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HOOMD-blue particle simulation toolbox

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HOOMD-blue is a general purpose particle simulation toolbox.

Running HOOMD-blue on Parallel

The HOOMD-blue software depends on the availability of graphics processing units (GPUs).  As such it is only available on the Parallel cluster.  Note that Parallel accounts are not automatically set up when a researcher obtains a WestGrid account.  See the Parallel QuickStart Guide for instructions on requesting a Parallel account.

See the GPU computations page for information about requesting GPU-enabled nodes on Parallel.

HOOMD-blue depends extensively on Python scripting.  It was compiled to use Python 3.4.1.  To set up the environment to use this version of Python and other dependencies, use:

module load hoomd

in your batch job script before running the hoomd executable.

Here is a sample batch job script that was used for testing HOOMD-blue using an input file, lj_liquid_bmark.hoomd, that was part of the HOOMD-blue distribution.  Note that the ppn parameter must match the number of GPUs requested per node (3).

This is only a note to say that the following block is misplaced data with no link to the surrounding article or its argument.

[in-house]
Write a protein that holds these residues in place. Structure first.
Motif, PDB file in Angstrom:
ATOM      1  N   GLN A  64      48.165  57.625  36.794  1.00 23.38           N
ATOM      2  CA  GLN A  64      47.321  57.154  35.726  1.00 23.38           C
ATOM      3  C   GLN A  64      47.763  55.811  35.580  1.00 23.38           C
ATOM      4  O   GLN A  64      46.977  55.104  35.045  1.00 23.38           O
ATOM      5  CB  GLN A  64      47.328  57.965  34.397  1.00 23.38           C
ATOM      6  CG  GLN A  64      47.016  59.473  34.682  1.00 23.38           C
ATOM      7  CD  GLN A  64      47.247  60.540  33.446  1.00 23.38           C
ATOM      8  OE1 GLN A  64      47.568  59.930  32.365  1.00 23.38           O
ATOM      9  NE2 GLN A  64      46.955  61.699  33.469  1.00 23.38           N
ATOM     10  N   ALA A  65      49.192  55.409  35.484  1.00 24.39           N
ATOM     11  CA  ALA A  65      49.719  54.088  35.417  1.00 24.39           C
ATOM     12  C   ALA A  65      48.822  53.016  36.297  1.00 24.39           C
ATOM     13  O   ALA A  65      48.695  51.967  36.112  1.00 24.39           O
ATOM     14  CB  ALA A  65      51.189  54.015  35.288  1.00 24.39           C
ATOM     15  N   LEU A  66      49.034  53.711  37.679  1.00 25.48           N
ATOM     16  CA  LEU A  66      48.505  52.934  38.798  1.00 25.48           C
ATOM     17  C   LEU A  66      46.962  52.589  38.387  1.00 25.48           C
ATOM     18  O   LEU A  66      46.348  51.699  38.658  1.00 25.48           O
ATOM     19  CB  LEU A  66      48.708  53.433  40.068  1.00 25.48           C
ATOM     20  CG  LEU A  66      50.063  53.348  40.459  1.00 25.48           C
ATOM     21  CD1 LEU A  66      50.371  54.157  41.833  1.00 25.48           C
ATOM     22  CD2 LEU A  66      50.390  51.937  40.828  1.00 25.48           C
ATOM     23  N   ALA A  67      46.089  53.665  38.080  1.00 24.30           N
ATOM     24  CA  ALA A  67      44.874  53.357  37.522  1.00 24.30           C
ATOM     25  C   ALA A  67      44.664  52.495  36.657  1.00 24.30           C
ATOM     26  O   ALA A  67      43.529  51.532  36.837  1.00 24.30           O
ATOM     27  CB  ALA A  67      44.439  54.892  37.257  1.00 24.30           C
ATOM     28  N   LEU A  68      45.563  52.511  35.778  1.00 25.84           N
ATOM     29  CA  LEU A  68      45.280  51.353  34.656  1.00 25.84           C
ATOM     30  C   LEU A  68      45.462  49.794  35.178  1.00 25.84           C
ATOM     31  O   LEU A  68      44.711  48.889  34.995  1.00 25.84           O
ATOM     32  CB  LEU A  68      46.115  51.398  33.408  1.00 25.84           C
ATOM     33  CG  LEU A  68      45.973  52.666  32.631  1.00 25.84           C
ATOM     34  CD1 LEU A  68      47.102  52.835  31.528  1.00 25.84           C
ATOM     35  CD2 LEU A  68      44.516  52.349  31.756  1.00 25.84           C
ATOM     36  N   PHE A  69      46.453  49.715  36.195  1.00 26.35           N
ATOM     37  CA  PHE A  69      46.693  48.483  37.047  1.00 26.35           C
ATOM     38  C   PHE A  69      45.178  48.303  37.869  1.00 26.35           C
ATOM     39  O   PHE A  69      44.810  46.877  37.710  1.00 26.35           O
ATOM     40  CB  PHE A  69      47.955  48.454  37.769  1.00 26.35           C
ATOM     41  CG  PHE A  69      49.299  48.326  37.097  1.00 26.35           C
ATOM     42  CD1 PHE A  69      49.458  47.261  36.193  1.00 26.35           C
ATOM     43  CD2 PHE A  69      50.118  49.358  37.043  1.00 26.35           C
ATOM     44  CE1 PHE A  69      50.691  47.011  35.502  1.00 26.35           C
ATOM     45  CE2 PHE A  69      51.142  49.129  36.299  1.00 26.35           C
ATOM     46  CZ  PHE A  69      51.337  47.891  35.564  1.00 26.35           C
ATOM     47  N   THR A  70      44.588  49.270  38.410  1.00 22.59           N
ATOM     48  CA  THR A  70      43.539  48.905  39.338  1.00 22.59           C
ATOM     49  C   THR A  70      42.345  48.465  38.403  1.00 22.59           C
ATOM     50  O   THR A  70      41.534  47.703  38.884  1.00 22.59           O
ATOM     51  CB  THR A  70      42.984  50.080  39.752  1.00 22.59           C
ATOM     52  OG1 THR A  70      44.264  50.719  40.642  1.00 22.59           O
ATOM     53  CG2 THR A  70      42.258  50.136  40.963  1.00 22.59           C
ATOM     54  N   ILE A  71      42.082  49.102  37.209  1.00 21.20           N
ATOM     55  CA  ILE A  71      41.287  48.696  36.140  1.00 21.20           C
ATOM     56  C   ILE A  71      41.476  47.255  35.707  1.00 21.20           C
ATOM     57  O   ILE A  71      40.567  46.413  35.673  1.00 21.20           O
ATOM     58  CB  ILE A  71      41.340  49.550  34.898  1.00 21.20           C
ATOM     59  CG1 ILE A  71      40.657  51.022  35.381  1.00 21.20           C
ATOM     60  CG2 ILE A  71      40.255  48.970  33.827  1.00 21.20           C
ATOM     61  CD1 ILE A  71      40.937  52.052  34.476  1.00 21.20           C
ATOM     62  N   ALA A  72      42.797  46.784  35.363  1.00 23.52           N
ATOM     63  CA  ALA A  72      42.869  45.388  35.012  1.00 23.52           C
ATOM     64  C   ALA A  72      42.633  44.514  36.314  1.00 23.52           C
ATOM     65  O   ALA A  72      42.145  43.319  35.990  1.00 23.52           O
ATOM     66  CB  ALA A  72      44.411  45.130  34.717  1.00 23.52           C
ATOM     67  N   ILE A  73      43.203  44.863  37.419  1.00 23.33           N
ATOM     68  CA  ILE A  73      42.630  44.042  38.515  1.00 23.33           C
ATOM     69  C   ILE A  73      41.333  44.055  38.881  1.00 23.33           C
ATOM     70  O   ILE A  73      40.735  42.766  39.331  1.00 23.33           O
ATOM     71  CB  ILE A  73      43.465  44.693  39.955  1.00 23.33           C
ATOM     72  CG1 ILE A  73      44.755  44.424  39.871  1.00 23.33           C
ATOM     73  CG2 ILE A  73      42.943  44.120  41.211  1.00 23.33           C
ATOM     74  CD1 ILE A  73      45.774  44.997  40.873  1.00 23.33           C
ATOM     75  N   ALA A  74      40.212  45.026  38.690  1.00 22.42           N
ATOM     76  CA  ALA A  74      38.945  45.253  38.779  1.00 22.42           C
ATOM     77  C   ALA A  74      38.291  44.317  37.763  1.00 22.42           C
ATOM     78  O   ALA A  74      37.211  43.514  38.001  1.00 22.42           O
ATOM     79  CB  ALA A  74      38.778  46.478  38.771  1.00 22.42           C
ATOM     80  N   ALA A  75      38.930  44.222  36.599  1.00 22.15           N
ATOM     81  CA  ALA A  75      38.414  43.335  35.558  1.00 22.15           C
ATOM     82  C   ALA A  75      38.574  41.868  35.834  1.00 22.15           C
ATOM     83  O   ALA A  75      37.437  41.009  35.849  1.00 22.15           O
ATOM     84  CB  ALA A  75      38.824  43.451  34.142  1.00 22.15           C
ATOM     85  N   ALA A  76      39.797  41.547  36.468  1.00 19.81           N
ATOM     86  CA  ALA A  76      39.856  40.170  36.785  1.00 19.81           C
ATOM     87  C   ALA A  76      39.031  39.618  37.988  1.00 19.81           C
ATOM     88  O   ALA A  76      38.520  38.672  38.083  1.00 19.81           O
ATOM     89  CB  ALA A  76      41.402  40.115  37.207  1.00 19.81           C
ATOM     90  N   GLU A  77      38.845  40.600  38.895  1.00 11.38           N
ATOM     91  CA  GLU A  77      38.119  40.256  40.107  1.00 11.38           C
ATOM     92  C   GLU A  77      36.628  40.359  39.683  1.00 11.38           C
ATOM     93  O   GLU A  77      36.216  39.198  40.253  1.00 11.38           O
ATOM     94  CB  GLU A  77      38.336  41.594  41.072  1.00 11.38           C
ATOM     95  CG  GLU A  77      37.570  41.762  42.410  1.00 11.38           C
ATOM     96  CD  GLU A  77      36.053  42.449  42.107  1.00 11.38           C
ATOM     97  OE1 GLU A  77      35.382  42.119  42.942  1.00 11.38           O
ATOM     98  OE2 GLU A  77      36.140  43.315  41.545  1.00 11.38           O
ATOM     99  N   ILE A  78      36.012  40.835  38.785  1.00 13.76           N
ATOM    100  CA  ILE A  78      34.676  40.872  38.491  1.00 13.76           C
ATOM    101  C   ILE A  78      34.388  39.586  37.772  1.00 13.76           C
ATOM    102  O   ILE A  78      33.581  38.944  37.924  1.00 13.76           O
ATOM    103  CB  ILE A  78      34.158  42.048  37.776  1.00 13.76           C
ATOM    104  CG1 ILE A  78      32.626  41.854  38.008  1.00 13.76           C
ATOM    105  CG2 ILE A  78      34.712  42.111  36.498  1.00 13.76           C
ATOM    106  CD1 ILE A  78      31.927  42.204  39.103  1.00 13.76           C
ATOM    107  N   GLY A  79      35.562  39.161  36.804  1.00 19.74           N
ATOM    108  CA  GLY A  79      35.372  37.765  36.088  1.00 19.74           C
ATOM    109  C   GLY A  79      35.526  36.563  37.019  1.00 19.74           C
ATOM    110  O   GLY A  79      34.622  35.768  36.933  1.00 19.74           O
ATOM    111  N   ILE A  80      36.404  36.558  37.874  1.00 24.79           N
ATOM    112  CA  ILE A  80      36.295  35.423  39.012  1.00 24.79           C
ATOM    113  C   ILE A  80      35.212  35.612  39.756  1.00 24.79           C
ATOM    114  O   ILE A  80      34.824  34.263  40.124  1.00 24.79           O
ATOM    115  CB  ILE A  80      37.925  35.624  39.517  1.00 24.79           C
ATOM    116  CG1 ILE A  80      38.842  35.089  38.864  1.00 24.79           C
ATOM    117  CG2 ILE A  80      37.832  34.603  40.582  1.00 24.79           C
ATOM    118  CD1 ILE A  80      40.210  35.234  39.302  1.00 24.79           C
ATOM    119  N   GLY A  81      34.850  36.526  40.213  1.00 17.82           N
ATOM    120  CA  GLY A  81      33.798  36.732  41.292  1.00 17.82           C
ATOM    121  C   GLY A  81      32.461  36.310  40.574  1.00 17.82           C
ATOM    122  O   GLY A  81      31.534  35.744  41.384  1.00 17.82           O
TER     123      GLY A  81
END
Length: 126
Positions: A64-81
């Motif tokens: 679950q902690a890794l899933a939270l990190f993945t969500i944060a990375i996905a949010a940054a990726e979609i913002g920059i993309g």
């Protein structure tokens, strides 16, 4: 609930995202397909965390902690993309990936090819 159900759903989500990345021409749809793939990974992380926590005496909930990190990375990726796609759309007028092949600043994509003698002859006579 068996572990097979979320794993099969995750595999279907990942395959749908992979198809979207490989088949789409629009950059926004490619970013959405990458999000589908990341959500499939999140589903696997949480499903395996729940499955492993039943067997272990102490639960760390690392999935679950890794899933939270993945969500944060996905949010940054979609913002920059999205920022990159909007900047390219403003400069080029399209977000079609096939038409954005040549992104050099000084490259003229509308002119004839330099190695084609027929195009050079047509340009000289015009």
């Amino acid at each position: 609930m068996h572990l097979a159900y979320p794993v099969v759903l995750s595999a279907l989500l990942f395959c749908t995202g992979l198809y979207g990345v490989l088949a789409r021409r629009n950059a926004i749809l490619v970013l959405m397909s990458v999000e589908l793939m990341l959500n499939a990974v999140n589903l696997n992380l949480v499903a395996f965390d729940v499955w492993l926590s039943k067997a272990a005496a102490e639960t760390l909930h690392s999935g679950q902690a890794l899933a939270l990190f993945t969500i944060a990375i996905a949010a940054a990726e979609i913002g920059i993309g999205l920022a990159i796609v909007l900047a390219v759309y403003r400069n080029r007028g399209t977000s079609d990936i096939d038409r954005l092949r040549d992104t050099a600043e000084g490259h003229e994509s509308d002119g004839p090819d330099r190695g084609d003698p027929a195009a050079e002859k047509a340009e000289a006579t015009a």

#PBS -S /bin/bash

#PBS -q gpu
#PBS -l nodes=2:ppn=3:gpus=3
#PBS -l mem=46gb
#PBS -l walltime=00:30:00

# Sample script for running HOOMD-blue on Parallel
# 2014-07-28 DSP.

# Test with benchmark file from /global/software/hoomd/hoomd100/share/hoomd/benchmarks

# Set up the environment to run HOOMD-blue:

module load hoomd

echo "Current working directory is `pwd`"

echo "Node file: $PBS_NODEFILE :"
echo "---------------------"
echo "---------------------"

CORES=`/bin/awk 'END {print NR}' $PBS_NODEFILE`
echo "Running on $CORES cores."

echo "GPU file: $PBS_GPUFILE :"
echo "------------------"
echo "------------------"
NUM_GPUS=`/bin/awk 'END {print NR}' $PBS_GPUFILE`
echo "$NUM_GPUS GPUs assigned."

echo "Starting run at: `date`"

# Start one MPI process for each GPU assigned.

mpiexec -n ${NUM_GPUS} --mca mpi_warn_on_fork 0 hoomd $INPUT > $OUTPUT

echo "Program finished with exit code $? at: `date`"

Compared to a run on a single GPU (nodes=1:ppn=1:gpus=1), a speed up of about a factor of 2 was seen when running on 3 GPUs (nodes=1:ppn=3:gpus=3) and about a factor of 3 when running on 6 GPUs (nodes=2:ppn=3:gpus=3).  So, depending on the case, it may not be worthwhile using more than a single GPU-enabled node.

Updated 2014-07-28 - Page created.

System Parallel
Version 1.0.0